Turn Your Browser and Cough: The Top 15 Health Care Web Sites

Categories: Tech

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Star Trek's resident hypochondriac, Reginald Barclay.
Lt. Reginald Barclay was a character on Star Trek: The Next Generation. By trade, he was an engineer, but he was well known on the show for being a massive hypochondriac. On one episode, Dr. Beverly Crusher advised Reg not to look through the Star Fleet medical database anymore because it was causing him to obsess over diseases he didn't have.

All of this was supposed to take place years into the future, but with all the medical resources available online, the future is now, both for healthcare and hypochondria. Clearly, my biggest health issue is chronic nerdiness given that Next Generation lede.

Before I get to this list, a word of warning. Don't try and self-diagnose. It is particularly important that you don't try to self-diagnose through public forums because, invariably, that soreness in your toe will mean you have terminal cancer and three weeks to live if the denizens of health Web sites were to be believed.

However, if you do want some basic healthcare knowledge, remedies for common ailments or relief from reoccurring problems, here are 15-plus Web sites that can help you out. Just don't come back to me tomorrow complaining that you are certain you have a rare, fatal African virus because of a pain in your shoulder.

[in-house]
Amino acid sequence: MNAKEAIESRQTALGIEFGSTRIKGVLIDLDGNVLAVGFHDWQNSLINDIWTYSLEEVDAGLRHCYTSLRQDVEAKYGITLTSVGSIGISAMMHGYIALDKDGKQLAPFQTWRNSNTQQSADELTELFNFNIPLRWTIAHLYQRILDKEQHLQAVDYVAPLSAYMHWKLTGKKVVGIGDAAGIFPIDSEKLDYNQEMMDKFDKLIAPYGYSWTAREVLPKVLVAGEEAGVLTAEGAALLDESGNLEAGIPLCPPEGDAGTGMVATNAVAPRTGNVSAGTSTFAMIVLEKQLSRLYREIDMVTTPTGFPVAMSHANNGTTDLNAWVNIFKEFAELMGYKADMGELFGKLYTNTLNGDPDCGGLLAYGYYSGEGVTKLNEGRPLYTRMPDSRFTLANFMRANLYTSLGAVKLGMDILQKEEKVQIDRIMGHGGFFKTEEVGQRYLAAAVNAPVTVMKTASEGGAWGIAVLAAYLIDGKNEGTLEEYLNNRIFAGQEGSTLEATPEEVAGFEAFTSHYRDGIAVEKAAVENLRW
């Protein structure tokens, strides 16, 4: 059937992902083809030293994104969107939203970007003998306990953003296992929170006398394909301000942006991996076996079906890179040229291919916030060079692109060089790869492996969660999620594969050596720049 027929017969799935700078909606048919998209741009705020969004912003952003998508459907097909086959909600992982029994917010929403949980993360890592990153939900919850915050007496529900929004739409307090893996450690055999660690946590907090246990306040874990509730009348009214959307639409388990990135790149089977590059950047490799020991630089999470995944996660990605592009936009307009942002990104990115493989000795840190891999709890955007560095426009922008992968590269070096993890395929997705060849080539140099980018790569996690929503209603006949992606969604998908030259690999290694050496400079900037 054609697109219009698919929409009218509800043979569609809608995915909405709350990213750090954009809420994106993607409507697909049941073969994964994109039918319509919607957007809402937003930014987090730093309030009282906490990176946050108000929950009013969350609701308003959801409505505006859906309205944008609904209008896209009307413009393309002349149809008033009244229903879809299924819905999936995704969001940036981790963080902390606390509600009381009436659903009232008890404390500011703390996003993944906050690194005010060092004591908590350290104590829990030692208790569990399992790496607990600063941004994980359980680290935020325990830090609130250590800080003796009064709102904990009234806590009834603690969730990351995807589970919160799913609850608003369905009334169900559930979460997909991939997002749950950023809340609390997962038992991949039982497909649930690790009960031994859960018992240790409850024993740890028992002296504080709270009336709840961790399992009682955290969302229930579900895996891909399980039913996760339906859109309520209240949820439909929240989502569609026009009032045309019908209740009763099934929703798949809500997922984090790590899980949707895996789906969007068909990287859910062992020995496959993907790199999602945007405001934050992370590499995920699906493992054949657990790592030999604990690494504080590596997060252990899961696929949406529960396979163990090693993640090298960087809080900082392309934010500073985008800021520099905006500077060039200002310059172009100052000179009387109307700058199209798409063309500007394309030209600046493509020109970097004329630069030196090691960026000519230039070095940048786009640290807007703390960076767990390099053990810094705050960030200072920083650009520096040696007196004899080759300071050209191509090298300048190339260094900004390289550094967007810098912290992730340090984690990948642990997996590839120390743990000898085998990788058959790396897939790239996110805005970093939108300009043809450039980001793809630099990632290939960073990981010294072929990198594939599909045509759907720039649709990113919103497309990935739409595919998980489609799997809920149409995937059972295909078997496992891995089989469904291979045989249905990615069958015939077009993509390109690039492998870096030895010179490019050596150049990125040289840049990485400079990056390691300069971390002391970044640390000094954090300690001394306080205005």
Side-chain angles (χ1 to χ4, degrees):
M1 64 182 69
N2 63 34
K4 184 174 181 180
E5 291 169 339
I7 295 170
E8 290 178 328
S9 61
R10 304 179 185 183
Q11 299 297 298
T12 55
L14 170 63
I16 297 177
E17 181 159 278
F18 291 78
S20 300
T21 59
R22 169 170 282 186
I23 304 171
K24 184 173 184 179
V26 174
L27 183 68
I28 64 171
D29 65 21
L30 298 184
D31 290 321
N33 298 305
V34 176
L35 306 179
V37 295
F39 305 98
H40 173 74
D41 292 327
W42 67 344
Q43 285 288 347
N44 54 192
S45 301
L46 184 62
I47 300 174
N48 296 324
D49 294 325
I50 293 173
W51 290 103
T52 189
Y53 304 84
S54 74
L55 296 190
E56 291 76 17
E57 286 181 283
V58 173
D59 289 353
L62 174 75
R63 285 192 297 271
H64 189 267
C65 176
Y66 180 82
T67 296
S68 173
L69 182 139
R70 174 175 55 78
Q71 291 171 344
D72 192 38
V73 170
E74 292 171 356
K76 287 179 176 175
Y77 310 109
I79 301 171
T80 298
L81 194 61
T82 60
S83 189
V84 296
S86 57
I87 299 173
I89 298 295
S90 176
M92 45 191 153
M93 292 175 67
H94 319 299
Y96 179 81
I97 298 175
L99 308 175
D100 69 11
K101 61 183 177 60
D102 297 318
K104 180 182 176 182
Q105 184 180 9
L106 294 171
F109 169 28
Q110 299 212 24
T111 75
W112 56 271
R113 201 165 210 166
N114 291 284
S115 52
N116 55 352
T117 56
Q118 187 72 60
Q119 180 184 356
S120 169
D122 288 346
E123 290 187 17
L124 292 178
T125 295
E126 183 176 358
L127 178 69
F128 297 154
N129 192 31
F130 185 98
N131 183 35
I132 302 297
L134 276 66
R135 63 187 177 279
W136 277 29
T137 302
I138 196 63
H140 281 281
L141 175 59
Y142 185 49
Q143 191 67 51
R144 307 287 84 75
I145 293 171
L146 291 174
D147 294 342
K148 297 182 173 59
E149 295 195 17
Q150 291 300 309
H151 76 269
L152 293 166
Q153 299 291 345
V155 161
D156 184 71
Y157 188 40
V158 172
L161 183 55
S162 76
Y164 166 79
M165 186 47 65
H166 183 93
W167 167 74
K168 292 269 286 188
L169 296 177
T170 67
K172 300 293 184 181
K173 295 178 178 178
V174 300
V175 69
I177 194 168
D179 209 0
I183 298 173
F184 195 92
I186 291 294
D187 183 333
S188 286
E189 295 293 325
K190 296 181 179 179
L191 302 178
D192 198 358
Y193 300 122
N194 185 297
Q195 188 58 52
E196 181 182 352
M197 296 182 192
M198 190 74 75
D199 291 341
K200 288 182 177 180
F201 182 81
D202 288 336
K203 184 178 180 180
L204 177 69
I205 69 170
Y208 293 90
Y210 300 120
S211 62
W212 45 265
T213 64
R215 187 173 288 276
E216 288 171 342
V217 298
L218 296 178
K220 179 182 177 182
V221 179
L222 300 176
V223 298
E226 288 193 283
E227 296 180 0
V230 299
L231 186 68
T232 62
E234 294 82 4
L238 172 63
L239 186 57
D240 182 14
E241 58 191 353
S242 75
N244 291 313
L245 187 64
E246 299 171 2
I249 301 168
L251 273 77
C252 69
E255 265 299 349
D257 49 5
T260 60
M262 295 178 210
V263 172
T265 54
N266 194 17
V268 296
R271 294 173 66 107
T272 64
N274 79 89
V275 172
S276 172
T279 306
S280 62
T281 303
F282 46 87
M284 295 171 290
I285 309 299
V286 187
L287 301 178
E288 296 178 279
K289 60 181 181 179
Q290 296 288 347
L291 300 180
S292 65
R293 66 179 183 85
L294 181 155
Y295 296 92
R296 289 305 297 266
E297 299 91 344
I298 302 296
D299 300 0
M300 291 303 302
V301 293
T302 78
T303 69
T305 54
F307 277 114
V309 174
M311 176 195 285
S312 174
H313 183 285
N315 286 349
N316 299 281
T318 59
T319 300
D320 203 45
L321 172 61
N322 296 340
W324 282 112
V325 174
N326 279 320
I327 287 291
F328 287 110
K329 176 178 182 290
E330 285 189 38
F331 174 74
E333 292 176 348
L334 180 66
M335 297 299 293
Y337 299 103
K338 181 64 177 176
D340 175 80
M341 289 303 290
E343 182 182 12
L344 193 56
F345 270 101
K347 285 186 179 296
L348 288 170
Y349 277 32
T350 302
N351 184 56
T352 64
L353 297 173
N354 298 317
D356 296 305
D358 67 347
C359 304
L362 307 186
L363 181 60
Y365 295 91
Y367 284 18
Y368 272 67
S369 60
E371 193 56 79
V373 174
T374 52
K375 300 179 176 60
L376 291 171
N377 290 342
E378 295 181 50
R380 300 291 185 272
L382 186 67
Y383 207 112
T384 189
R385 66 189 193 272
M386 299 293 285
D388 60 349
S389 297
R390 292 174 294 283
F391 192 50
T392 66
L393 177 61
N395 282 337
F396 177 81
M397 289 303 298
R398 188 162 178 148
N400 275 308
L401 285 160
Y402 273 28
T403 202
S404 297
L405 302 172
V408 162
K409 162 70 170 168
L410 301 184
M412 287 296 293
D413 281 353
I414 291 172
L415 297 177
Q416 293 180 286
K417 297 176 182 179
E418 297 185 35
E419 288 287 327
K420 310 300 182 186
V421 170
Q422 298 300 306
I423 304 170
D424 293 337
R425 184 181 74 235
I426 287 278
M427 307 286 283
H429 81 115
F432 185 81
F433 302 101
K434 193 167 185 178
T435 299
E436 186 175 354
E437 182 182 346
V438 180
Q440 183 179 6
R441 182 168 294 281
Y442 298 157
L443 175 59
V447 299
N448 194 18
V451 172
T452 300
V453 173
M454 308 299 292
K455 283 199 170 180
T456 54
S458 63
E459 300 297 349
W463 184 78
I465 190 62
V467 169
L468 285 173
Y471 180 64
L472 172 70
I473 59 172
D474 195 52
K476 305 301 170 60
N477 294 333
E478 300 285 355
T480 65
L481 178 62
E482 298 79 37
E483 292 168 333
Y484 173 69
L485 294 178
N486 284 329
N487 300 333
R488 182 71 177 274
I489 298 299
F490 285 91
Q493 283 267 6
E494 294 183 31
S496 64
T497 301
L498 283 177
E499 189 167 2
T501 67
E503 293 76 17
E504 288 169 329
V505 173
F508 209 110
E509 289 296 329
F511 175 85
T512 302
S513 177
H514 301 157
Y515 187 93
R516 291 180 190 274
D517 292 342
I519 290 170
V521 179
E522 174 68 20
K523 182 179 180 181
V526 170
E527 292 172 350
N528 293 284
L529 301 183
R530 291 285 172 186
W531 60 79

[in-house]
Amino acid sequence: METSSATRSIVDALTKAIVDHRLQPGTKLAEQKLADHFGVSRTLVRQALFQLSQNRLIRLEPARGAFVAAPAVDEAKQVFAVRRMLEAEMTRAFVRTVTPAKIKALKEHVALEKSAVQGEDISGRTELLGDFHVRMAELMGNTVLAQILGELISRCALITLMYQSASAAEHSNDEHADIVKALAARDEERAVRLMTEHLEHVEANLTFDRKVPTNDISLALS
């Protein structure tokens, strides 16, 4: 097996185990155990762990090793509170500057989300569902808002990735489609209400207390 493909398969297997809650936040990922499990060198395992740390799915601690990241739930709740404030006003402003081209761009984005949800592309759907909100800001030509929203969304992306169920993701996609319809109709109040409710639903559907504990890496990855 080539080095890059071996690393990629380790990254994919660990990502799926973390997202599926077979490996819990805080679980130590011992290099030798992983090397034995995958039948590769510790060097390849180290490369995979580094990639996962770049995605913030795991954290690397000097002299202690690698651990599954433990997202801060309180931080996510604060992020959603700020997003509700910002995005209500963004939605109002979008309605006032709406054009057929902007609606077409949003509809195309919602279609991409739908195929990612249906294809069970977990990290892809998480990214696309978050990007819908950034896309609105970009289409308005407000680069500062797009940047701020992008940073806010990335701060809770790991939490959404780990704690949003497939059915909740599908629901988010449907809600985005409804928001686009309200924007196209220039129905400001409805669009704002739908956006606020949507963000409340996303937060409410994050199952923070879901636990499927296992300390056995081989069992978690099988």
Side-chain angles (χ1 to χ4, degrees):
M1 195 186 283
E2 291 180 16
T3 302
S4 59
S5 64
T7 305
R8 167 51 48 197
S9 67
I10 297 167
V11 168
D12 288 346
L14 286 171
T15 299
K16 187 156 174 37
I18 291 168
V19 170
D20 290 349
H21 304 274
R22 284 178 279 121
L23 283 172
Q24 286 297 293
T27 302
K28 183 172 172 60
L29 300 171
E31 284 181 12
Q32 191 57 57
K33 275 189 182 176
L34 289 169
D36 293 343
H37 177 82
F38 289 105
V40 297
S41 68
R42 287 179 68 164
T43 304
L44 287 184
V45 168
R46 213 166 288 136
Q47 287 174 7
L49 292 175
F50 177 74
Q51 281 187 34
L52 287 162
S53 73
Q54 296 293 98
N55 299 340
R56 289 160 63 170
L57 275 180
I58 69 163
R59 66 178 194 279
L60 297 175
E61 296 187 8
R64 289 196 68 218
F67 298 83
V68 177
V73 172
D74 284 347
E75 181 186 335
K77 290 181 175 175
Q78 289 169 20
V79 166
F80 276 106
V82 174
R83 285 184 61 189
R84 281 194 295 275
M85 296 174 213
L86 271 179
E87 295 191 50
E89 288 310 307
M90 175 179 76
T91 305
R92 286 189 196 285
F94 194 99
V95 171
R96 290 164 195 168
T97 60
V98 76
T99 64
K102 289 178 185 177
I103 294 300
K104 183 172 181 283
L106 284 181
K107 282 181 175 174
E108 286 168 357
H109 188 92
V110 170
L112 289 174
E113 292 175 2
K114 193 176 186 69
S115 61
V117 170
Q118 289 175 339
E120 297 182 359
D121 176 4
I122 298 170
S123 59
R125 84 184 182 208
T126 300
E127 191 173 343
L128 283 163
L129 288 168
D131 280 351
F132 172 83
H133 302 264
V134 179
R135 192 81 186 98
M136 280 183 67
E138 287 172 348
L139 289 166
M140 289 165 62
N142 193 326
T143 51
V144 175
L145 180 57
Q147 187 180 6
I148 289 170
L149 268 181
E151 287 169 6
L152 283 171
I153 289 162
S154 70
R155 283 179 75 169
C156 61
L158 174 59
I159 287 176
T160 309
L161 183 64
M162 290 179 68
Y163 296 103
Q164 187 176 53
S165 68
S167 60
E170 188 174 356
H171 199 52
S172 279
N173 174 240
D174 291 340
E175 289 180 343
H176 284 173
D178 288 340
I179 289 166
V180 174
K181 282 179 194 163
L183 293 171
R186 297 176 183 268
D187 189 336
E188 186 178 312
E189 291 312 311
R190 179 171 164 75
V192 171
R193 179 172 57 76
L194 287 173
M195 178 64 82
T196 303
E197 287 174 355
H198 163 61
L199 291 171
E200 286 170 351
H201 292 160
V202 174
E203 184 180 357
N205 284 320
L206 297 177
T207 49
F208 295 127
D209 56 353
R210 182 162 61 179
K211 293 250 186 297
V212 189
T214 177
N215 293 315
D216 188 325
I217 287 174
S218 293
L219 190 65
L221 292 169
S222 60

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The Health and Human Services Department has a surprisingly simple Web site.
15. BetterMedicine.com and HealthGrades.com
These are companion Web sites owned by the same company. HealthGrades is like Yelp for doctors. Patient surveys grade physicians on everything from trust and communication to wait time and office environment. There are a TON of doctors listed, making it very useful. BetterMedicine is a comprehensive healthcare site with well-organized information and a easy-to-use symptom checker.


14. RXList.com and Drugs.com
I lumped these two together since they are both drug information Web sites. Both have tremendous detail and pill-identifier software. RXList is owned by WebMD, a name you'll see on this list, and I'd give it the slight edge over Drugs.com, which is based in New Zealand, but they are both good sites for medication information and identification.


13. Wellsphere.com
Wellsphere is like the Google of medical Web sites. Its interface is super simple -- just a search box on the front page -- and no cluttered screen full of articles and photos. The search results return articles and all sorts of detailed information as well as news from HealthCentral.com, a site also owned by the parent company of Wellsphere.


12. Prevention.com
This site is the online companion to the popular health and wellness magazine of the same name. While it probably isn't quite as comprehensive as some of the other sites on this list and it delves a little more into beauty and other topics that no doubt drive magazine readership, it is well organized and has good content.


11. Health.gov
Health.gov is a remarkably simple and functional Web site run by the federal Health and Human Services Department on health and healthcare initiatives. It ties directly into HealthFinder.gov for detailed information on disease, but it isn't a full-blown diagnosis Web site.


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2 comments
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Emily J. Hurst
Emily J. Hurst

No mention of MedlinePlus? http://www.nlm.nih.gov/medline... It's a great source from the National Library of Medicine and the NIH. The folks from WebMD love all the free content because they can copy. 

Jeff
Jeff

Because it is part of the NIH, I didn't include it directly. The entire NIH is fantastic. Good call though.

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